Tens of thousands of people who have attended racial justice demonstrations in Washington, D.C., starting in late May should monitor themselves for coronavirus symptoms, get tested for the virus and work from home for two weeks if possible, the city’s health director says.
Any mass gatherings of people, including protests, pose a risk of spreading the virus, Dr. LaQuandra Nesbitt said at a news conference Wednesday.
“We strongly encourage those individuals to be monitoring themselves for signs and symptoms,” she said.
If possible, demonstrators should telework for 14 days after attending an event, Nesbitt said. They should be “more judicious” about where they go and with whom they come into contact, though a full quarantine is not necessary.
People who have symptoms of the virus or think they could have been exposed should wait three to five days after potential exposure and get tested.
Members of the D.C. National Guard tested positive for COVID-19 after patrolling the protests, a spokeswoman said Tuesday. She said they were screened for the coronavirus prior to their arrival. Information was not released on the number of troops affected.
D.C. is still in reopening phase one, with mass gatherings limited to 10 people. Nesbitt and Mayor Muriel Bowser acknowledged that protests violate the ban but said efforts to prevent the spread of the virus must be balanced with citizens’ First Amendment rights.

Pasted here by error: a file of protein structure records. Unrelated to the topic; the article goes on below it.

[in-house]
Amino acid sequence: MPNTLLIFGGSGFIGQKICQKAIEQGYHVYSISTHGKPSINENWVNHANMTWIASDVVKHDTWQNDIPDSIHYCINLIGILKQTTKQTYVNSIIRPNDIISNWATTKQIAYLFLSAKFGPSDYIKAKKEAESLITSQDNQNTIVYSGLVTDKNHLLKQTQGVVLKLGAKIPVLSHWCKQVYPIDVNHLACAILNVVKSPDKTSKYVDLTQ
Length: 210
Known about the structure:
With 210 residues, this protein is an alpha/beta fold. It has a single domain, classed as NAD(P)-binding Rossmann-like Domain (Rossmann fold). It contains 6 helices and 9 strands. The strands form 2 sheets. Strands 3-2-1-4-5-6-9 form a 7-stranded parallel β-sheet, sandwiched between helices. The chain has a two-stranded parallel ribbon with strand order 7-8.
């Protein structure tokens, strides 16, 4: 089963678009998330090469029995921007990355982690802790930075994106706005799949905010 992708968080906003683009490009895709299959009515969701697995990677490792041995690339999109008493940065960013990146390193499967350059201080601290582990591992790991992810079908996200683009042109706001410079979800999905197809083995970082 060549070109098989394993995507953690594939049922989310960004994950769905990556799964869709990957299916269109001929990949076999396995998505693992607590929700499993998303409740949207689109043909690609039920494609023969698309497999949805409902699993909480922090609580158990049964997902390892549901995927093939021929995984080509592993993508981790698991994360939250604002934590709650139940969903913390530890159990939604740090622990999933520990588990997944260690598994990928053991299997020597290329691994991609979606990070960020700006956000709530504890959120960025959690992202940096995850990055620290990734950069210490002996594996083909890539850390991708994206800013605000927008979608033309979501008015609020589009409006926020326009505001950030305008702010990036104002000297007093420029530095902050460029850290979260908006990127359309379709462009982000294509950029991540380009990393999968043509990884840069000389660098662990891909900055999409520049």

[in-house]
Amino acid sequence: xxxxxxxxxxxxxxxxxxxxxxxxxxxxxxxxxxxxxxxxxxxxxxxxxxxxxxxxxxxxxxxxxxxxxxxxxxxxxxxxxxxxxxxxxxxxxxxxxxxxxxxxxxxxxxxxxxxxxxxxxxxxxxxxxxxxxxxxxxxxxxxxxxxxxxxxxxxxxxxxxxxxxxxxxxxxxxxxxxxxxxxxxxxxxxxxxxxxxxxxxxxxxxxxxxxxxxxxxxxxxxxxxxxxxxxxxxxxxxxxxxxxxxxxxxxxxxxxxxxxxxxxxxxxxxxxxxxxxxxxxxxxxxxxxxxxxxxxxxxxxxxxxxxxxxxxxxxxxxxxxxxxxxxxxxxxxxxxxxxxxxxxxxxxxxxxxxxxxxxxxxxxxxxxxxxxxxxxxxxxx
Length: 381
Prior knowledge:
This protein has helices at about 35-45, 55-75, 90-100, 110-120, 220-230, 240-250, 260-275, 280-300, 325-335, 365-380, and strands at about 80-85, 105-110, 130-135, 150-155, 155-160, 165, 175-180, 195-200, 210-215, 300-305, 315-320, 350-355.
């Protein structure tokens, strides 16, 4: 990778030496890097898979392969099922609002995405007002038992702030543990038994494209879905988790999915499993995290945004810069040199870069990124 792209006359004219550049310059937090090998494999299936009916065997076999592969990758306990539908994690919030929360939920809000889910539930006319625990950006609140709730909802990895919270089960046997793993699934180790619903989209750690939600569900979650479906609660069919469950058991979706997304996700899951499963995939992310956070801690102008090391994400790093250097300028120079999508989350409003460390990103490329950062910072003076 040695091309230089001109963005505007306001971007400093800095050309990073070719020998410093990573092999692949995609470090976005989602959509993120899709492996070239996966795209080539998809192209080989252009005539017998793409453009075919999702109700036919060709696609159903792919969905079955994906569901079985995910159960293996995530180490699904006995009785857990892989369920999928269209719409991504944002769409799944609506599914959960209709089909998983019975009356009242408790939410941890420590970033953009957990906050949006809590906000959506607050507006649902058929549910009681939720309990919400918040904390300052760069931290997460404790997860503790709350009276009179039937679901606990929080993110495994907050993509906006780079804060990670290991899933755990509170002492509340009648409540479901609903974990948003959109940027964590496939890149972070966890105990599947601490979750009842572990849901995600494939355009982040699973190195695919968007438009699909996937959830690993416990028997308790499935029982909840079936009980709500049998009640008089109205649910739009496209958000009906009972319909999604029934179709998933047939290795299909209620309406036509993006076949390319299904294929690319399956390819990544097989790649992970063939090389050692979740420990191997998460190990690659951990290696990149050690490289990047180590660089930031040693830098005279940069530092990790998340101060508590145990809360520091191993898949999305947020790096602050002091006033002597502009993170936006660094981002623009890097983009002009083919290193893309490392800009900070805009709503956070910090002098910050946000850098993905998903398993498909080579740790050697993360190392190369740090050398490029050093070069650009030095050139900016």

Many participants in the demonstrations that began May 29 after the killing of George Floyd have worn face masks. But social distancing has been difficult.
Go here for more information on what the city says you should do if you’re considering attending a demonstration or already did and think you could have been exposed.
Bowser said she will be tested for COVID-19 for a third time on Wednesday after previously testing negative.
City officials said they are carefully tracking data on the spread of the virus. Phase two reopening is unlikely to begin until June 19 at the earliest, Nesbitt reiterated. A spike in virus cases could delay when phase two can begin.
Phase two reopening will lift some restrictions on restaurants, nonessential stores, salons and outdoor recreation.
Officials also spoke about police reform and Black Lives Matter signs being moved as fencing around the White House and Lafayette Square comes down. The city is aiding the effort to preserve the signs, D.C.’s director of homeland security Christopher Geldart said.
Crews began dismantling parts of a large fence southeast of the White House early Wednesday. Volunteers worked to move Black Lives Matter signs and tributes to Floyd that had covered large parts of the fence. Many were moved across the street, affixed to a temporary wall around a construction site.
Bowser offered tepid support for the police reform bill unanimously approved Tuesday by the D.C. Council.
“I know that the council felt that they needed to act urgently on some issues. They have the ability to do that with emergency legislation,” she said.
The mayor said she will sign the act, which will limit the use of force by police, release body camera footage more quickly and limit the role of the police union in the police disciplinary process.
D.C. announced on Wednesday another 63 cases of COVID-19 and four deaths. More than 9,500 people have been diagnosed with the virus and 499 have died.